A book that made me re-think about myself as a ‘boss’, ‘Superbosses’ by Sydney Finkelstein is one book you will want to read over and over again. Deeply insightful, and full of real-life experiences, Finkelstein wrote this book after over a decade of research; research that took him across diverse industries and very different personalities. The research helped him categorise successful bosses and their attitudes towards leadership. The best part is that for this book, he has studied and evaluated bosses across a wide spectrum of fields – right from sports to culinary to business.There are a zillion books on how to be a great leader, ‘Superbosses’ is not one of those; it is about how a superboss can create great leaders.
A superboss is one who is not only a great boss himself, but also creates a culture of great leadership around him; thus motivating, mentoring and enthusing other bosses to become superlative bosses. A great trait of superbosses is that they keep pushing the envelope for their protégés being fully confident that they will outperform expectations. Superbosses somehow have the knack for smelling out the right talent which might not necessarily conform to the gold standard of recruiting people, yet their conviction always tends to be proved right. They focus on intelligence, creativity and flexibility, hiring ‘unlikely winners’ and would rather customise the job to fit the talent of their protégés. They often deliberately hire people much smarter than themselves because only then can they delegate what they themselves can not do.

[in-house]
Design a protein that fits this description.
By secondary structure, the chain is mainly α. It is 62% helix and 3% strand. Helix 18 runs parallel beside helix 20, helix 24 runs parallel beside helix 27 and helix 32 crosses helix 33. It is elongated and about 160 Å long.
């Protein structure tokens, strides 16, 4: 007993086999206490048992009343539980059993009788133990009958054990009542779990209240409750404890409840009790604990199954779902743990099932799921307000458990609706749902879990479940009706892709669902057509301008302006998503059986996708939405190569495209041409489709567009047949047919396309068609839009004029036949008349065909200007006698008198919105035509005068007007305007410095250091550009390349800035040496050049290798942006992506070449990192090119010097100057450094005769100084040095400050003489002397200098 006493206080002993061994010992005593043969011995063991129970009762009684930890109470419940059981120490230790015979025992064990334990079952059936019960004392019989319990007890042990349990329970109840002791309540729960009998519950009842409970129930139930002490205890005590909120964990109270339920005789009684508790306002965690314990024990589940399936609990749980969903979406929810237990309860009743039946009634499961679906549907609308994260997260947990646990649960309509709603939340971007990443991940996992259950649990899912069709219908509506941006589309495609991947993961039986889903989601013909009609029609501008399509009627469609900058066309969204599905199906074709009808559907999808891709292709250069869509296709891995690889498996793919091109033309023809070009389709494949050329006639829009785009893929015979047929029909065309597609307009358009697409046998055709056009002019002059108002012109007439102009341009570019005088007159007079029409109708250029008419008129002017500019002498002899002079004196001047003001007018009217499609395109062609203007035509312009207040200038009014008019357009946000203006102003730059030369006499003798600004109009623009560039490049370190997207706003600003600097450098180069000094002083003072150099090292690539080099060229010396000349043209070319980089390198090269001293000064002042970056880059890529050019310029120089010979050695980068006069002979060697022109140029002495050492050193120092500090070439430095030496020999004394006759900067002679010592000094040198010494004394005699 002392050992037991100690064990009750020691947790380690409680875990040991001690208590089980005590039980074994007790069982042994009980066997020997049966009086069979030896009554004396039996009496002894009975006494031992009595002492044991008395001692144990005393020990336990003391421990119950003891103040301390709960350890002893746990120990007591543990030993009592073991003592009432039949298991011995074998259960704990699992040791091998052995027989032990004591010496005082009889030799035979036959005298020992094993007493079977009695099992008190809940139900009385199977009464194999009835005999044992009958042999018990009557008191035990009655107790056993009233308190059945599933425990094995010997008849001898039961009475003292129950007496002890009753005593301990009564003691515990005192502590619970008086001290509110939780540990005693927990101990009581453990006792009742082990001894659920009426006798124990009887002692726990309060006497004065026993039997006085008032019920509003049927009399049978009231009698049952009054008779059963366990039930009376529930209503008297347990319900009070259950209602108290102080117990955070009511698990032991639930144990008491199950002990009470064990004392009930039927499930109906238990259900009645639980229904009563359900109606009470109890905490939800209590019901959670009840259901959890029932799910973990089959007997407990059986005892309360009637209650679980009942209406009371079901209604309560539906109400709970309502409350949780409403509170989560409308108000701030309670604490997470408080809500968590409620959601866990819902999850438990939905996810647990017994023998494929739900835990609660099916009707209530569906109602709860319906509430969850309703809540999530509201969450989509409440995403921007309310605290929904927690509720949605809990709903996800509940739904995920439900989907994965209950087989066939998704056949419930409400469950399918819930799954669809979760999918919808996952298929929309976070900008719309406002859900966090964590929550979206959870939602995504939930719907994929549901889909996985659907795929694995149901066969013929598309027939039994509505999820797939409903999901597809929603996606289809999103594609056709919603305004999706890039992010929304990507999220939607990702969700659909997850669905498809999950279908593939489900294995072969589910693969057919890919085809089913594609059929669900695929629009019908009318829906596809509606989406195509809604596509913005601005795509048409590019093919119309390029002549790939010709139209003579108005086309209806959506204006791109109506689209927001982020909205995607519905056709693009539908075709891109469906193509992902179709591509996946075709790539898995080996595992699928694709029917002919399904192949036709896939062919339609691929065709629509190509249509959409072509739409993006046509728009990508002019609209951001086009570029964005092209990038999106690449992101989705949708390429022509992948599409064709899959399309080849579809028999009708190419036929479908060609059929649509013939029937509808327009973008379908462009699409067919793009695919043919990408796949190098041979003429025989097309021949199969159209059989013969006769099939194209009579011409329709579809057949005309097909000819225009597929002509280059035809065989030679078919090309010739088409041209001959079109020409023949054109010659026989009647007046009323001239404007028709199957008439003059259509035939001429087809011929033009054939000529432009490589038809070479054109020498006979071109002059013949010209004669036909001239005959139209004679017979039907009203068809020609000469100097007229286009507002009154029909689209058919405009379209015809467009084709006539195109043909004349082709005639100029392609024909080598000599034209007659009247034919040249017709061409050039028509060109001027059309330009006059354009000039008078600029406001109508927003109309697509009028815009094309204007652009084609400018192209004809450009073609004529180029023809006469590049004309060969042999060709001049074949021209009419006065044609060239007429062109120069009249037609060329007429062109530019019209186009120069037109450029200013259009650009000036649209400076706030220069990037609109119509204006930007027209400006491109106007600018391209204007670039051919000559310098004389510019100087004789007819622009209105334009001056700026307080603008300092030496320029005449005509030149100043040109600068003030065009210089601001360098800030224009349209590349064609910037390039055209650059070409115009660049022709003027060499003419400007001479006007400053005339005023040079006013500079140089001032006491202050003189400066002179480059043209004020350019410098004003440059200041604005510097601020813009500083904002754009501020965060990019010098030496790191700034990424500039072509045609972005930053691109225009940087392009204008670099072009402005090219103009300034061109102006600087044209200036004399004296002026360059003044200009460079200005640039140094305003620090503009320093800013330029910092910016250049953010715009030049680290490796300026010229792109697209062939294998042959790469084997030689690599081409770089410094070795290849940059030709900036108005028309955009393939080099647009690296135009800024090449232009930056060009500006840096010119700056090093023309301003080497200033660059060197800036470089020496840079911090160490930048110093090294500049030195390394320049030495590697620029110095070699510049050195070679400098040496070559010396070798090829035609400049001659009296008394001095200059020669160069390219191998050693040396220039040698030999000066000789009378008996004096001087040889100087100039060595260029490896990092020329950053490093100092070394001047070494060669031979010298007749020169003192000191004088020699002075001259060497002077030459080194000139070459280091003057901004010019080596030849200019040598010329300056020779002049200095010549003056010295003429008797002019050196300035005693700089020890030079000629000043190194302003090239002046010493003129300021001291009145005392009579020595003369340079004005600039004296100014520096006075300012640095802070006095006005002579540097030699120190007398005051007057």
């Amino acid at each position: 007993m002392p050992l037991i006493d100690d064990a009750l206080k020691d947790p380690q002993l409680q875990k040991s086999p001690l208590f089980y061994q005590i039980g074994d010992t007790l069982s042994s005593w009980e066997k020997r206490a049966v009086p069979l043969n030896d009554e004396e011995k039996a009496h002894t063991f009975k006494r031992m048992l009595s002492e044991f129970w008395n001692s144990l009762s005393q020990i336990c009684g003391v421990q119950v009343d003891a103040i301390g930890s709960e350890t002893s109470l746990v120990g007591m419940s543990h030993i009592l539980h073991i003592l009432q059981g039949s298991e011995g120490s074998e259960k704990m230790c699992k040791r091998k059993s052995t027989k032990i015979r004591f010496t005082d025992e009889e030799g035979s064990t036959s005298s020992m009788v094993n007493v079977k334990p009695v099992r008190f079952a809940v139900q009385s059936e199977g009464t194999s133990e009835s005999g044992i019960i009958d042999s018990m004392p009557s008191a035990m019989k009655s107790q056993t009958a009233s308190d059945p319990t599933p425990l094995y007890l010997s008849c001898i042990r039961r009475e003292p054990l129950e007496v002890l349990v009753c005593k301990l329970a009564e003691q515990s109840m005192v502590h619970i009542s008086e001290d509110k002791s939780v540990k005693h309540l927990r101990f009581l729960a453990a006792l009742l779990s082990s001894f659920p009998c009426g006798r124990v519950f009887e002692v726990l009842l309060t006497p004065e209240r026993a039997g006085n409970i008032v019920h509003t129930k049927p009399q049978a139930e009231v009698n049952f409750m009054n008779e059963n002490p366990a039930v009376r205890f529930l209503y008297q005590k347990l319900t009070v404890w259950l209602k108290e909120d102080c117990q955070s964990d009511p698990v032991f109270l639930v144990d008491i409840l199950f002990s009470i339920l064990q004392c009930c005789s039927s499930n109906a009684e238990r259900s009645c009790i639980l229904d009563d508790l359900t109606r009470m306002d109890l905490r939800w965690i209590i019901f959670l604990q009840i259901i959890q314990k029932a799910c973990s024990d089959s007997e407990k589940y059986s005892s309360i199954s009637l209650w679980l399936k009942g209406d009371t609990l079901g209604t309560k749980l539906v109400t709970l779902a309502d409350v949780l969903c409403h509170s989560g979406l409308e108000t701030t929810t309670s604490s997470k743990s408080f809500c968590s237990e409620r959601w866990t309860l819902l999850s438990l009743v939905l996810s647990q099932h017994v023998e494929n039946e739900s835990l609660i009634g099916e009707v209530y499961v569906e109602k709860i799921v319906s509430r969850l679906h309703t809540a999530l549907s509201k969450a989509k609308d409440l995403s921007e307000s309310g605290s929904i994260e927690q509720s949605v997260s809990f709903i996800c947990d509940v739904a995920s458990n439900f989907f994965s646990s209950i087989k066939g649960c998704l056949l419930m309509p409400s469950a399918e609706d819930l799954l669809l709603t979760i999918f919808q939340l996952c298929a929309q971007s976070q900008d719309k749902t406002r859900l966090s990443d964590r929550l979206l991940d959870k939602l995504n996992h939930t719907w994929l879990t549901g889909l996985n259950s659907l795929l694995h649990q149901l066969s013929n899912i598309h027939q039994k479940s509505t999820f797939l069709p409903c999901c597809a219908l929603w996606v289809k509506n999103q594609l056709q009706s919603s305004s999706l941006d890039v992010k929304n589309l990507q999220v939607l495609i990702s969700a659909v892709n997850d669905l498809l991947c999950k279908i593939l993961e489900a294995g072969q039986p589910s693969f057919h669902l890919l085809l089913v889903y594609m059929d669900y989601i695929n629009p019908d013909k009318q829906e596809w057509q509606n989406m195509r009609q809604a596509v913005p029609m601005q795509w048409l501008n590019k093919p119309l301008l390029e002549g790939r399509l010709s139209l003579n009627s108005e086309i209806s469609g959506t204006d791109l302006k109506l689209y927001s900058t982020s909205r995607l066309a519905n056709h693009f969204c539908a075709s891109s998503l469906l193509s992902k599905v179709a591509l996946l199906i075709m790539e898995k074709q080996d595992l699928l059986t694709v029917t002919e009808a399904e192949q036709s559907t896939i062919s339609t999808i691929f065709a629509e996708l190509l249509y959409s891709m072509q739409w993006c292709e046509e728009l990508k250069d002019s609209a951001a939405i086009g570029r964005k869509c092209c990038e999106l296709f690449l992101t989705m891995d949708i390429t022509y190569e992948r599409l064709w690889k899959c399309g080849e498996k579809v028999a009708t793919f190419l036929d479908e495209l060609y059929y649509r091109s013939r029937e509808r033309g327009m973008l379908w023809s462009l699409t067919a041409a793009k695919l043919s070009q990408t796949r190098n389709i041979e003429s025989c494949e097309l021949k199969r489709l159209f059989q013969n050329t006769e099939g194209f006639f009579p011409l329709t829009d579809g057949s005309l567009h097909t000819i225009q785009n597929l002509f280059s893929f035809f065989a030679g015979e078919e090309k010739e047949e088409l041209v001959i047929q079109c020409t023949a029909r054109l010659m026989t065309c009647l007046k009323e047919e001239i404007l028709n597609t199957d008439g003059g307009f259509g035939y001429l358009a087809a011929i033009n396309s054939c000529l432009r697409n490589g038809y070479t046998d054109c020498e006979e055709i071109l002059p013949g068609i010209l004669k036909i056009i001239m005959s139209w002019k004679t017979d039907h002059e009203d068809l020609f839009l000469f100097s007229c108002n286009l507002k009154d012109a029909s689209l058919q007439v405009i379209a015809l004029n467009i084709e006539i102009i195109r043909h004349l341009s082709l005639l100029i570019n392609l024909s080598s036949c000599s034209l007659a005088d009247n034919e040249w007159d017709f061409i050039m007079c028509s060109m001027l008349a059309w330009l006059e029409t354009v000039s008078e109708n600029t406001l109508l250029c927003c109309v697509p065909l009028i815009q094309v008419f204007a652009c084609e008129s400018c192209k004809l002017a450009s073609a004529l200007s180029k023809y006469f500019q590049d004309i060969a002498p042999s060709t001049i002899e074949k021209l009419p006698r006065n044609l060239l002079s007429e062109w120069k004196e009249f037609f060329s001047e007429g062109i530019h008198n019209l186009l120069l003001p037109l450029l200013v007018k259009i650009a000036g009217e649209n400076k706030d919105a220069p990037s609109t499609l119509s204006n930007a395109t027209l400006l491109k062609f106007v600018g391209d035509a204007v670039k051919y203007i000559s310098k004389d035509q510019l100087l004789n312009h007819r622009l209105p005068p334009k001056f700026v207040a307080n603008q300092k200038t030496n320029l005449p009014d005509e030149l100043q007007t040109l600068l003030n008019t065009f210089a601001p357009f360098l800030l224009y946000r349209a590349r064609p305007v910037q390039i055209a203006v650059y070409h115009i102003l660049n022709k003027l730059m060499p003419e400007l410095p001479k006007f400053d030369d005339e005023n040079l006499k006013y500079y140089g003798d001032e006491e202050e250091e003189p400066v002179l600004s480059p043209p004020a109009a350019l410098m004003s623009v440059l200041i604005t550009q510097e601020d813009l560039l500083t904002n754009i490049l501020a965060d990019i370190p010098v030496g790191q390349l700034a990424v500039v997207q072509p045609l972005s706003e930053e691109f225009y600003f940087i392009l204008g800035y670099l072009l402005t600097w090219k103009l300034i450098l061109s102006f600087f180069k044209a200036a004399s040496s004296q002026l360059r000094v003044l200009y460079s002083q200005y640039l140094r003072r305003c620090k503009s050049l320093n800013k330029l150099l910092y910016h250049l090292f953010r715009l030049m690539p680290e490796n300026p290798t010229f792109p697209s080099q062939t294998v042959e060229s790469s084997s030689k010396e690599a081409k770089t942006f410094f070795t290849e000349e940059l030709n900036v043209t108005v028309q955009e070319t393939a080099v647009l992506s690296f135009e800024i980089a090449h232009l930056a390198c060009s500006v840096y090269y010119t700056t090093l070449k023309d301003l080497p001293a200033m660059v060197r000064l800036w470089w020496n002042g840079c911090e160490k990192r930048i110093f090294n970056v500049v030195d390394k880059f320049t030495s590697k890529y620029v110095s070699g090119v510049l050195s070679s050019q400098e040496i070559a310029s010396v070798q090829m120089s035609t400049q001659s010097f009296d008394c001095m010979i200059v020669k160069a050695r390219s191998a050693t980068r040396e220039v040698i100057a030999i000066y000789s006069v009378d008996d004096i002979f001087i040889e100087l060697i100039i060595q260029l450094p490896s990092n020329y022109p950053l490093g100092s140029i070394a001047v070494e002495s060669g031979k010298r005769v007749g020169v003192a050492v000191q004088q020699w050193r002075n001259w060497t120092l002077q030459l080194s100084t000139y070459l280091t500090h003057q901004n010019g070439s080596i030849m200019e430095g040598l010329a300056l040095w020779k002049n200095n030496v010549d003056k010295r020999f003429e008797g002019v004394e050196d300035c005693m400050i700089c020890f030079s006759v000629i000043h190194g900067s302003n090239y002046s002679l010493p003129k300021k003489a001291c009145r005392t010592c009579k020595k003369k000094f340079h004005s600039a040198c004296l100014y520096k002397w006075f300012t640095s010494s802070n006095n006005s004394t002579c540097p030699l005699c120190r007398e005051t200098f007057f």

The book divides superbosses into three categories: iconoclasts who are so in love with what they do that others get motivated, glorious bastards who are focused on winning and understand that if they have to win, they have to help others win too and nurturers who want to win but also help others develop, their focus is more on nurturing; winning is a side-result. But irrespective of which category they belong to, almost all these superbosses thrive by getting their protégés to unleash creativity & innovation freely; akin to bringing them to a boil, setting them up like a volcano and then letting them explode through their own strengths.
There are a couple of traits that all the superbosses share – they are competitive, fearless and intuitive. They are strong, driven and imaginative. They nurture hands-on leaders by giving them onground experience, monitoring their progress and providing intense feedback and offers instructions. They love what they do, and they help others find love and joy in what they do. That is how they build a network of great bosses all around them. They continue to be mentors for their protégés, offering advise and guidance even if they are working in different organisations, because superbosses' teachings extends to life lessons as well.
By the end of the book I was reminiscing on the bosses and superbosses I have had in my life, people I keep going back to again and again, irrespective of where we are. And I was asking myself how I could try turning into a superboss myself. That's when I realised the true power of a great book – it has the ability to make the reader introspect and change himself. A must-read for all of us who are in leadership positions and want to build a greater team or motivate and mentor more people into becoming successful bosses themselves.